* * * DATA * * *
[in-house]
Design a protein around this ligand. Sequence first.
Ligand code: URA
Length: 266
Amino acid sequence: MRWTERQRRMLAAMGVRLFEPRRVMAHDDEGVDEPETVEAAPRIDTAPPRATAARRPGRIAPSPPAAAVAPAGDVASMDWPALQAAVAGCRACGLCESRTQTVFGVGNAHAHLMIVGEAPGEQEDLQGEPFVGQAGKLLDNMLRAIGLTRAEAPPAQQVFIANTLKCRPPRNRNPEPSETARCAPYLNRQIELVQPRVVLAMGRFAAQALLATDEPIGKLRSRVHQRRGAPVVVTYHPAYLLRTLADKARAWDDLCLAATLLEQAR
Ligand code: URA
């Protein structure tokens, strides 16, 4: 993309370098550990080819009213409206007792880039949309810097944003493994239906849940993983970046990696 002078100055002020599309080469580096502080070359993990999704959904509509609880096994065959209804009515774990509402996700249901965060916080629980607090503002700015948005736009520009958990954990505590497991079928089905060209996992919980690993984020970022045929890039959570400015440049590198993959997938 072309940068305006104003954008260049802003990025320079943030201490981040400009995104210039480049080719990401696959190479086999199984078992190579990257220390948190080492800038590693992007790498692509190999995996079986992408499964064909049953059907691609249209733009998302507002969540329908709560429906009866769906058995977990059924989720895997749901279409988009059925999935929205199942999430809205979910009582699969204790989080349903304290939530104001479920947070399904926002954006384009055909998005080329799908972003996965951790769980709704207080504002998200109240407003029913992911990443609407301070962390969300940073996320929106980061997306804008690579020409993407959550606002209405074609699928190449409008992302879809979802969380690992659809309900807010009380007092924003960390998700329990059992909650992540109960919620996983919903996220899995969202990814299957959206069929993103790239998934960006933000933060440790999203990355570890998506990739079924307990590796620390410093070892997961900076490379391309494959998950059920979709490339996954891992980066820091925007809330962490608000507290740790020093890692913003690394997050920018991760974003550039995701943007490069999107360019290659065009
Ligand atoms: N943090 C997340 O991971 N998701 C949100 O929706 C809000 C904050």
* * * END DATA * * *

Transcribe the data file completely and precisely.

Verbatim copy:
[in-house]
Design a protein around this ligand. Sequence first.
Ligand code: URA
Length: 266
Amino acid sequence: MRWTERQRRMLAAMGVRLFEPRRVMAHDDEGVDEPETVEAAPRIDTAPPRATAARRPGRIAPSPPAAAVAPAGDVASMDWPALQAAVAGCRACGLCESRTQTVFGVGNAHAHLMIVGEAPGEQEDLQGEPFVGQAGKLLDNMLRAIGLTRAEAPPAQQVFIANTLKCRPPRNRNPEPSETARCAPYLNRQIELVQPRVVLAMGRFAAQALLATDEPIGKLRSRVHQRRGAPVVVTYHPAYLLRTLADKARAWDDLCLAATLLEQAR
Ligand code: URA
């Protein structure tokens, strides 16, 4: 993309370098550990080819009213409206007792880039949309810097944003493994239906849940993983970046990696 002078100055002020599309080469580096502080070359993990999704959904509509609880096994065959209804009515774990509402996700249901965060916080629980607090503002700015948005736009520009958990954990505590497991079928089905060209996992919980690993984020970022045929890039959570400015440049590198993959997938 072309940068305006104003954008260049802003990025320079943030201490981040400009995104210039480049080719990401696959190479086999199984078992190579990257220390948190080492800038590693992007790498692509190999995996079986992408499964064909049953059907691609249209733009998302507002969540329908709560429906009866769906058995977990059924989720895997749901279409988009059925999935929205199942999430809205979910009582699969204790989080349903304290939530104001479920947070399904926002954006384009055909998005080329799908972003996965951790769980709704207080504002998200109240407003029913992911990443609407301070962390969300940073996320929106980061997306804008690579020409993407959550606002209405074609699928190449409008992302879809979802969380690992659809309900807010009380007092924003960390998700329990059992909650992540109960919620996983919903996220899995969202990814299957959206069929993103790239998934960006933000933060440790999203990355570890998506990739079924307990590796620390410093070892997961900076490379391309494959998950059920979709490339996954891992980066820091925007809330962490608000507290740790020093890692913003690394997050920018991760974003550039995701943007490069999107360019290659065009
Ligand atoms: N943090 C997340 O991971 N998701 C949100 O929706 C809000 C904050």